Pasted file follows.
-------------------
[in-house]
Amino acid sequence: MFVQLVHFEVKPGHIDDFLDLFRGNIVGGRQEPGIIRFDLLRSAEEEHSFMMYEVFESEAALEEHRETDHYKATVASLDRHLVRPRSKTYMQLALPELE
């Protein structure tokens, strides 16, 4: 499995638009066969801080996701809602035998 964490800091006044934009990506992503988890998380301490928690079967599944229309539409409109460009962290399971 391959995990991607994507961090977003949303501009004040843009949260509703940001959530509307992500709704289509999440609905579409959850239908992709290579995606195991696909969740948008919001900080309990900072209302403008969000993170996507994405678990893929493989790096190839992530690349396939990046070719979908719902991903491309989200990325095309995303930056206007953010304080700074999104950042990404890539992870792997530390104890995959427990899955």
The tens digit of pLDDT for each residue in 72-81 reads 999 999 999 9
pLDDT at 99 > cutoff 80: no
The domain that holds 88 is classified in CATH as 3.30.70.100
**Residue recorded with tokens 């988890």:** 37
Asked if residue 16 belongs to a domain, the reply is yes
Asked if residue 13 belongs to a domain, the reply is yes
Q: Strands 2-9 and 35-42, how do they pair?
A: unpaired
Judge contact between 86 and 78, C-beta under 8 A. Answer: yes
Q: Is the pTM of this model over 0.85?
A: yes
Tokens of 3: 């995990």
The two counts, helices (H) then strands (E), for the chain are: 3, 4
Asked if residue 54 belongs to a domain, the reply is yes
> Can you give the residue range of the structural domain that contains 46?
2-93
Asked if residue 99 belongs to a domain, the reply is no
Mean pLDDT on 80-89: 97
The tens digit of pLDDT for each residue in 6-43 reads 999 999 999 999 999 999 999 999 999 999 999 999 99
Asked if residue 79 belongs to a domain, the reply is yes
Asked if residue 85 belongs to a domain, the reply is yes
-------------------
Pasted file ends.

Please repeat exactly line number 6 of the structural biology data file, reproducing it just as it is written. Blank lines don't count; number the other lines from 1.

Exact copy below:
The domain that holds 88 is classified in CATH as 3.30.70.100